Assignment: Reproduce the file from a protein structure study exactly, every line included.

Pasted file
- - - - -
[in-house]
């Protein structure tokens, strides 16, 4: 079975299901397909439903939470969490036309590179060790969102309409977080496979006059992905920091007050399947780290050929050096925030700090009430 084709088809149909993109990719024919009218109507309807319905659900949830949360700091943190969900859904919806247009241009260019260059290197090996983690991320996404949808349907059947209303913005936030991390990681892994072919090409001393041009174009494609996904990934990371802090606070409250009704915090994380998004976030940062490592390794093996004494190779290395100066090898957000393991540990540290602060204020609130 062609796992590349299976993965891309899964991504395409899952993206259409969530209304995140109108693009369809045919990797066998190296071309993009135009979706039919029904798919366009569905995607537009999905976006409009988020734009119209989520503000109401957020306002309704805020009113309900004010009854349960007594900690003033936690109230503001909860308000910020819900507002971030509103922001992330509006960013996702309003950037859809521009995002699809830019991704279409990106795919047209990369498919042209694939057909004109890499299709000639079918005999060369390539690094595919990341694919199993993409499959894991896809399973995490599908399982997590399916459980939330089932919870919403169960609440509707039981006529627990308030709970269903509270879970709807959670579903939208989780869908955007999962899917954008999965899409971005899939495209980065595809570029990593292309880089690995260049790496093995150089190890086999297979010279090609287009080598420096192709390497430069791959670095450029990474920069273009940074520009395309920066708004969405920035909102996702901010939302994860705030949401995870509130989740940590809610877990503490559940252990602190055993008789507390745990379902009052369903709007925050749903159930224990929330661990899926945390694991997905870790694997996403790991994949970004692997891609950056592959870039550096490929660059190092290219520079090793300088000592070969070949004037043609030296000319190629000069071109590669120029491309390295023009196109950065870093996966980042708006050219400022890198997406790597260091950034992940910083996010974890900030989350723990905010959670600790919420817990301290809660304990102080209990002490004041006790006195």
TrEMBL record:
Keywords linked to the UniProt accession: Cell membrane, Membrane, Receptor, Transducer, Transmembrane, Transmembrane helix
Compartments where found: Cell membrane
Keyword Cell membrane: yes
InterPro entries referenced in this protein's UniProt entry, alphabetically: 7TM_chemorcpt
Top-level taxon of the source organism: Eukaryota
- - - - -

[in-house]
């Protein structure tokens, strides 16, 4: 079975299901397909439903939470969490036309590179060790969102309409977080496979006059992905920091007050399947780290050929050096925030700090009430 084709088809149909993109990719024919009218109507309807319905659900949830949360700091943190969900859904919806247009241009260019260059290197090996983690991320996404949808349907059947209303913005936030991390990681892994072919090409001393041009174009494609996904990934990371802090606070409250009704915090994380998004976030940062490592390794093996004494190779290395100066090898957000393991540990540290602060204020609130 062609796992590349299976993965891309899964991504395409899952993206259409969530209304995140109108693009369809045919990797066998190296071309993009135009979706039919029904798919366009569905995607537009999905976006409009988020734009119209989520503000109401957020306002309704805020009113309900004010009854349960007594900690003033936690109230503001909860308000910020819900507002971030509103922001992330509006960013996702309003950037859809521009995002699809830019991704279409990106795919047209990369498919042209694939057909004109890499299709000639079918005999060369390539690094595919990341694919199993993409499959894991896809399973995490599908399982997590399916459980939330089932919870919403169960609440509707039981006529627990308030709970269903509270879970709807959670579903939208989780869908955007999962899917954008999965899409971005899939495209980065595809570029990593292309880089690995260049790496093995150089190890086999297979010279090609287009080598420096192709390497430069791959670095450029990474920069273009940074520009395309920066708004969405920035909102996702901010939302994860705030949401995870509130989740940590809610877990503490559940252990602190055993008789507390745990379902009052369903709007925050749903159930224990929330661990899926945390694991997905870790694997996403790991994949970004692997891609950056592959870039550096490929660059190092290219520079090793300088000592070969070949004037043609030296000319190629000069071109590669120029491309390295023009196109950065870093996966980042708006050219400022890198997406790597260091950034992940910083996010974890900030989350723990905010959670600790919420817990301290809660304990102080209990002490004041006790006195």
TrEMBL record:
Keywords linked to the UniProt accession: Cell membrane, Membrane, Receptor, Transducer, Transmembrane, Transmembrane helix
Compartments where found: Cell membrane
Keyword Cell membrane: yes
InterPro entries referenced in this protein's UniProt entry, alphabetically: 7TM_chemorcpt
Top-level taxon of the source organism: Eukaryota